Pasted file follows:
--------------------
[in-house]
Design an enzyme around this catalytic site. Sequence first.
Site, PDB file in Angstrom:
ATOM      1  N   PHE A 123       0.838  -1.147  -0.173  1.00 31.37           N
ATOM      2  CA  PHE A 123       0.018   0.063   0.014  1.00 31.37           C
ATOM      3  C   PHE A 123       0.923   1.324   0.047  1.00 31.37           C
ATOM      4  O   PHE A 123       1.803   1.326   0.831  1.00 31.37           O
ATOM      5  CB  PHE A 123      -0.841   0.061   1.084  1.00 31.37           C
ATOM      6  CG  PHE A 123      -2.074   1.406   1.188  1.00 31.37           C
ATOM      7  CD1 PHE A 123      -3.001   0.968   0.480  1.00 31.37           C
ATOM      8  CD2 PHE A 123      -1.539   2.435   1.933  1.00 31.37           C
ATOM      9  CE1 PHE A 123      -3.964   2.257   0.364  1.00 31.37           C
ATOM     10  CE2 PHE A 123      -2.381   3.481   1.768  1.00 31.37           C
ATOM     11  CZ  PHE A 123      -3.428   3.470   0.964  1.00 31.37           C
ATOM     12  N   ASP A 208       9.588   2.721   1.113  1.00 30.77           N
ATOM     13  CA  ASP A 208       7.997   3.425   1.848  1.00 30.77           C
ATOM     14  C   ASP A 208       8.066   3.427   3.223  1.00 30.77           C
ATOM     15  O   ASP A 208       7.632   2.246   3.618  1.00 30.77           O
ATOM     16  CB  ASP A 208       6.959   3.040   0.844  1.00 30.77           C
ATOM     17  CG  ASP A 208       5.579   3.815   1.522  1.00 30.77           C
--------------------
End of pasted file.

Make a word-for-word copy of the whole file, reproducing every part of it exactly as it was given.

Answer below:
[in-house]
Design an enzyme around this catalytic site. Sequence first.
Site, PDB file in Angstrom:
ATOM      1  N   PHE A 123       0.838  -1.147  -0.173  1.00 31.37           N
ATOM      2  CA  PHE A 123       0.018   0.063   0.014  1.00 31.37           C
ATOM      3  C   PHE A 123       0.923   1.324   0.047  1.00 31.37           C
ATOM      4  O   PHE A 123       1.803   1.326   0.831  1.00 31.37           O
ATOM      5  CB  PHE A 123      -0.841   0.061   1.084  1.00 31.37           C
ATOM      6  CG  PHE A 123      -2.074   1.406   1.188  1.00 31.37           C
ATOM      7  CD1 PHE A 123      -3.001   0.968   0.480  1.00 31.37           C
ATOM      8  CD2 PHE A 123      -1.539   2.435   1.933  1.00 31.37           C
ATOM      9  CE1 PHE A 123      -3.964   2.257   0.364  1.00 31.37           C
ATOM     10  CE2 PHE A 123      -2.381   3.481   1.768  1.00 31.37           C
ATOM     11  CZ  PHE A 123      -3.428   3.470   0.964  1.00 31.37           C
ATOM     12  N   ASP A 208       9.588   2.721   1.113  1.00 30.77           N
ATOM     13  CA  ASP A 208       7.997   3.425   1.848  1.00 30.77           C
ATOM     14  C   ASP A 208       8.066   3.427   3.223  1.00 30.77           C
ATOM     15  O   ASP A 208       7.632   2.246   3.618  1.00 30.77           O
ATOM     16  CB  ASP A 208       6.959   3.040   0.844  1.00 30.77           C
ATOM     17  CG  ASP A 208       5.579   3.815   1.522  1.00 30.77           C